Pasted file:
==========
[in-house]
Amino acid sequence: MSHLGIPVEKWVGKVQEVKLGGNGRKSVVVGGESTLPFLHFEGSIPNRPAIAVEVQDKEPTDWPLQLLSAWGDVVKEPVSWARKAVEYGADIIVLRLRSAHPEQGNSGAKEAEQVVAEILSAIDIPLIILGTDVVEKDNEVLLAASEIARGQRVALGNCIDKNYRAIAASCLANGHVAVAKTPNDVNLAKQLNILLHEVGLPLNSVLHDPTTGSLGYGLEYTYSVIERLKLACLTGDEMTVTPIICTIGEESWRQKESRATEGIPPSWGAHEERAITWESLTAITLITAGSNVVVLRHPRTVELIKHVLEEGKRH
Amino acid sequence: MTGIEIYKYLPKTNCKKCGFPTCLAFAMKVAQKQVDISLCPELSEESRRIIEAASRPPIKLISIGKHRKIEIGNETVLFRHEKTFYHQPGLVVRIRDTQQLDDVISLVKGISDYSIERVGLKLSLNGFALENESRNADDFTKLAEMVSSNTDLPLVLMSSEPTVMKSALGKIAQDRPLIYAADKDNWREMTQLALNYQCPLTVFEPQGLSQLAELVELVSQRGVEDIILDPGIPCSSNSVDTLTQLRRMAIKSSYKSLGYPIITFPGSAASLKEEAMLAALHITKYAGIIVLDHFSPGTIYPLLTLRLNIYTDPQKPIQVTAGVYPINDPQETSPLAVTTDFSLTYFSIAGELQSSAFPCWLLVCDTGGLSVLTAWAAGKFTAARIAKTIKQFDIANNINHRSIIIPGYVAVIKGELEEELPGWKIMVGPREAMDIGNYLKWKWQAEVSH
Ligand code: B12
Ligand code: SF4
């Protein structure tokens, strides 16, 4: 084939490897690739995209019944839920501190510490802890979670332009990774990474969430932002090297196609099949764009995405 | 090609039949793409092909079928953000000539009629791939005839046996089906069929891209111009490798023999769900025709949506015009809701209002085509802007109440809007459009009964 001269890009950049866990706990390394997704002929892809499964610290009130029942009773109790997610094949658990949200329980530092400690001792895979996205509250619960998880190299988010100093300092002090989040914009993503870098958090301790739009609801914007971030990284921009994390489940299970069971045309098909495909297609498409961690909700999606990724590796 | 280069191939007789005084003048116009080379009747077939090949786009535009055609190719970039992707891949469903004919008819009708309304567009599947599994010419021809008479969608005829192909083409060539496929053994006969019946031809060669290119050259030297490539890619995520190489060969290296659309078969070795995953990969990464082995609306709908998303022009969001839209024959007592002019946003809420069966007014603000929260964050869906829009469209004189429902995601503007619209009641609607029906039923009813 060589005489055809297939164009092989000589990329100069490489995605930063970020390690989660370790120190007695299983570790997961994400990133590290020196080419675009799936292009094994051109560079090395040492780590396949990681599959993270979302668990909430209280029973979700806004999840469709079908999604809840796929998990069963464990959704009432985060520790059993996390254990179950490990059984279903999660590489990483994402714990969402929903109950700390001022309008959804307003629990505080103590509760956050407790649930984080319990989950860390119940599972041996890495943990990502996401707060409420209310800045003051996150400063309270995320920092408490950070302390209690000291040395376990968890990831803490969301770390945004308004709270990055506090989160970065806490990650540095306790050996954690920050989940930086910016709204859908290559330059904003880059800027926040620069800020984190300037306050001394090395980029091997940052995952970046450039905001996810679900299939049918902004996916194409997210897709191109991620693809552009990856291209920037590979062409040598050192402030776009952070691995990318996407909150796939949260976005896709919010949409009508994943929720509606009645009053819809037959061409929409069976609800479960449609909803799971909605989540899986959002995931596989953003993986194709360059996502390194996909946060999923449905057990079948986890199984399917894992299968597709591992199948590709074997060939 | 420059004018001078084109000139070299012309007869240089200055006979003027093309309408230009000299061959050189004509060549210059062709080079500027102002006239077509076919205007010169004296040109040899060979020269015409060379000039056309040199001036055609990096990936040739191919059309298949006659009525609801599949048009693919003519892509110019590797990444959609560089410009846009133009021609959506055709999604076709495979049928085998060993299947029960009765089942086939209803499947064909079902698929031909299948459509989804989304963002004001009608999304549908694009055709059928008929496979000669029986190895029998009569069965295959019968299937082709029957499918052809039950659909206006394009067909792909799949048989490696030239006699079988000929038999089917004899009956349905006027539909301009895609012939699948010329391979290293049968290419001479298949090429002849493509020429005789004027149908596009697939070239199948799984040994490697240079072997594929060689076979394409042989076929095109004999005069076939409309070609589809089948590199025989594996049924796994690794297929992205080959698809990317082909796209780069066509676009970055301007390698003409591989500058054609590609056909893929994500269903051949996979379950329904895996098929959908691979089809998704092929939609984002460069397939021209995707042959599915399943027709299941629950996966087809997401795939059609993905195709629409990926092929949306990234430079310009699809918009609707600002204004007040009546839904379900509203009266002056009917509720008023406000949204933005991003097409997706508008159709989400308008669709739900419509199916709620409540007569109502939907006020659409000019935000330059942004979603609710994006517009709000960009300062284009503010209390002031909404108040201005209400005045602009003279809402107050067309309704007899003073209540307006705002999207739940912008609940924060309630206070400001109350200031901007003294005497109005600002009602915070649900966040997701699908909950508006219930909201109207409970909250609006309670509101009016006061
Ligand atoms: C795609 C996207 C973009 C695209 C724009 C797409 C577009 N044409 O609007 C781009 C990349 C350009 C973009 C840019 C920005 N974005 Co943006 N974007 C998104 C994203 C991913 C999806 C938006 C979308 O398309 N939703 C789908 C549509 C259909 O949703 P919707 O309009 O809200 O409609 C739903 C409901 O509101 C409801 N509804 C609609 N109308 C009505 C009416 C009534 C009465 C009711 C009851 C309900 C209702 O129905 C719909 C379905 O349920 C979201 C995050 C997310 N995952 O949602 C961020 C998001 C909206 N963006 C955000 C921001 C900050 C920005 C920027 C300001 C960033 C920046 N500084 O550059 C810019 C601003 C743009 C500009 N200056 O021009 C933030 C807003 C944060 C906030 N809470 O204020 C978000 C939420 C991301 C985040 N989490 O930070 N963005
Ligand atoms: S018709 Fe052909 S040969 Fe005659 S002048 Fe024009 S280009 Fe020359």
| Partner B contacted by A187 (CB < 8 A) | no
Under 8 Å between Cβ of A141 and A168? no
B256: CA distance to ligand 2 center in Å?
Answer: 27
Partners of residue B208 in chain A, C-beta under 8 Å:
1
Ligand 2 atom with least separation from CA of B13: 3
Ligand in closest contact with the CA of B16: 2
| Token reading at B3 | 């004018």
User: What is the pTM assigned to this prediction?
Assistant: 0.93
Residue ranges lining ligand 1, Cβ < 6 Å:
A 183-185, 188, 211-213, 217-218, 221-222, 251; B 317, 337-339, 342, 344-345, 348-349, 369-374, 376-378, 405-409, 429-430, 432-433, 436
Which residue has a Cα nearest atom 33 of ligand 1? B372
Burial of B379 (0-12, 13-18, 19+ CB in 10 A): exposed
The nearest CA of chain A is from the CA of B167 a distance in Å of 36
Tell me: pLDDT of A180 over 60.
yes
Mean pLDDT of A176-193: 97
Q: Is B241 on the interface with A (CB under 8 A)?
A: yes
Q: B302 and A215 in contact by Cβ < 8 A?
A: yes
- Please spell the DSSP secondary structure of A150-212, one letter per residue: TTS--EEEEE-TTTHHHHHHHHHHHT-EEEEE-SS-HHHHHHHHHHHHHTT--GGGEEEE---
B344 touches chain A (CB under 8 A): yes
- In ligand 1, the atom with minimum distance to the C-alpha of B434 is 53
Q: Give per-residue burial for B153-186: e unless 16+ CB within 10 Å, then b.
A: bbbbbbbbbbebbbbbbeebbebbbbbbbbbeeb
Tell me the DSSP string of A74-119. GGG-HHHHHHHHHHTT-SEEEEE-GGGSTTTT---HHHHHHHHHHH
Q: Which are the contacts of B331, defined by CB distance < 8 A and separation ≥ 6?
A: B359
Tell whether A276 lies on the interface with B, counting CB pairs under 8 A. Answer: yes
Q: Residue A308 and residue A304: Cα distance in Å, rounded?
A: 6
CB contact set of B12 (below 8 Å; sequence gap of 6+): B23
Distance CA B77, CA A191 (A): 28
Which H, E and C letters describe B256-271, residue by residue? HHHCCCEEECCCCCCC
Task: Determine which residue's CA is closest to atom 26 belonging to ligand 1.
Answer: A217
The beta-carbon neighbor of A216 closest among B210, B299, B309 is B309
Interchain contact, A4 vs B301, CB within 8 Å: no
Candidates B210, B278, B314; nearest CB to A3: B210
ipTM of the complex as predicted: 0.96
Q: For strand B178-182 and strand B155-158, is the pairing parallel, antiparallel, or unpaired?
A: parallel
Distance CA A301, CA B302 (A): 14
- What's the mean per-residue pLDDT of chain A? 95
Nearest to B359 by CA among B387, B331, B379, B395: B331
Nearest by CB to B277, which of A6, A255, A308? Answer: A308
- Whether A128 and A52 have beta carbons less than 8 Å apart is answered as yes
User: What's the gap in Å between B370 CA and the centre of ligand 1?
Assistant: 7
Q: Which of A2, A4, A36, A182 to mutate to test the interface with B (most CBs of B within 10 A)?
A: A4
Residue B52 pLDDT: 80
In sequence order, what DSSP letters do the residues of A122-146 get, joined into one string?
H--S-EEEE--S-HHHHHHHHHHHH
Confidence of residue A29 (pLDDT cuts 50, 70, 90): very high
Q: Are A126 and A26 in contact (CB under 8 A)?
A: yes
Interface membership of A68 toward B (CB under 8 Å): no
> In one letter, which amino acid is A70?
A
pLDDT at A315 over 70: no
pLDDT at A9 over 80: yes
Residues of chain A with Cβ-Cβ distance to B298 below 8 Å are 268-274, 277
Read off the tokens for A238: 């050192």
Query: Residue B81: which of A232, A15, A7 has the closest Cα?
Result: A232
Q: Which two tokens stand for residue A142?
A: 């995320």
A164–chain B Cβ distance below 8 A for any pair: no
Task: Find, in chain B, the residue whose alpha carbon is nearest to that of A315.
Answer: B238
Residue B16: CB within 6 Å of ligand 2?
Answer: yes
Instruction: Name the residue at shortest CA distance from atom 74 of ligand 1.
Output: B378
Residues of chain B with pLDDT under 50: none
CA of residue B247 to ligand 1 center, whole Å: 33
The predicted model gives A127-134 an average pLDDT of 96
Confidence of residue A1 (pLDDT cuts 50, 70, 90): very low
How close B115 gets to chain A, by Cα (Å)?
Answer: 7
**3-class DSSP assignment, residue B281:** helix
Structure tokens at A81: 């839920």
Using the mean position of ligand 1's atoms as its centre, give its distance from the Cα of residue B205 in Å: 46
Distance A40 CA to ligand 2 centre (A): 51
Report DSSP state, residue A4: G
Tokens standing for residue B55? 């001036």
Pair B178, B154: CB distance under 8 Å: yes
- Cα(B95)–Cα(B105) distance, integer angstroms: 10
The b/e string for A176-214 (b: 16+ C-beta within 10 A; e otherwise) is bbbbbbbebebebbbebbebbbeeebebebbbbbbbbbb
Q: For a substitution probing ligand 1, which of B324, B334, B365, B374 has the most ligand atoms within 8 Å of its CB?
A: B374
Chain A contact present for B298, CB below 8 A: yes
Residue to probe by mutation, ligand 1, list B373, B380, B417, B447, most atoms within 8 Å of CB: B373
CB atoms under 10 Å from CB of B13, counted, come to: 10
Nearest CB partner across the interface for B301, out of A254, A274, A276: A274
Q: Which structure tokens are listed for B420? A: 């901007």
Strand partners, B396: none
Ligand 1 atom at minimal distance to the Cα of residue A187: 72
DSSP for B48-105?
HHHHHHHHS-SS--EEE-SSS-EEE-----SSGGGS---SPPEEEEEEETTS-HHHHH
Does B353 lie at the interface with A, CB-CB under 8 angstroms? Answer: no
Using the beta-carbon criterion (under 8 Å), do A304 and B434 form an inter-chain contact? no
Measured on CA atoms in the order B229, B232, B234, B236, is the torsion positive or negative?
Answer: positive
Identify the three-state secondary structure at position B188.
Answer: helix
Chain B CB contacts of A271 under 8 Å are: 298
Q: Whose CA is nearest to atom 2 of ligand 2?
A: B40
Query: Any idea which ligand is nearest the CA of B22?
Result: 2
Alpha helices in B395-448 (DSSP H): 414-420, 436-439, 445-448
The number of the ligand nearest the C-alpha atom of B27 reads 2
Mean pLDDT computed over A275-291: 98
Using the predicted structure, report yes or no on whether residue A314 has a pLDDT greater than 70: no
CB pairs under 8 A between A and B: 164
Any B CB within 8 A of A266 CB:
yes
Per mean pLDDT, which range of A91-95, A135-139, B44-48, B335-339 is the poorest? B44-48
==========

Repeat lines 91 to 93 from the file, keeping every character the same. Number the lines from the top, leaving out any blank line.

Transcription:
How close B115 gets to chain A, by Cα (Å)?
Answer: 7
**3-class DSSP assignment, residue B281:** helix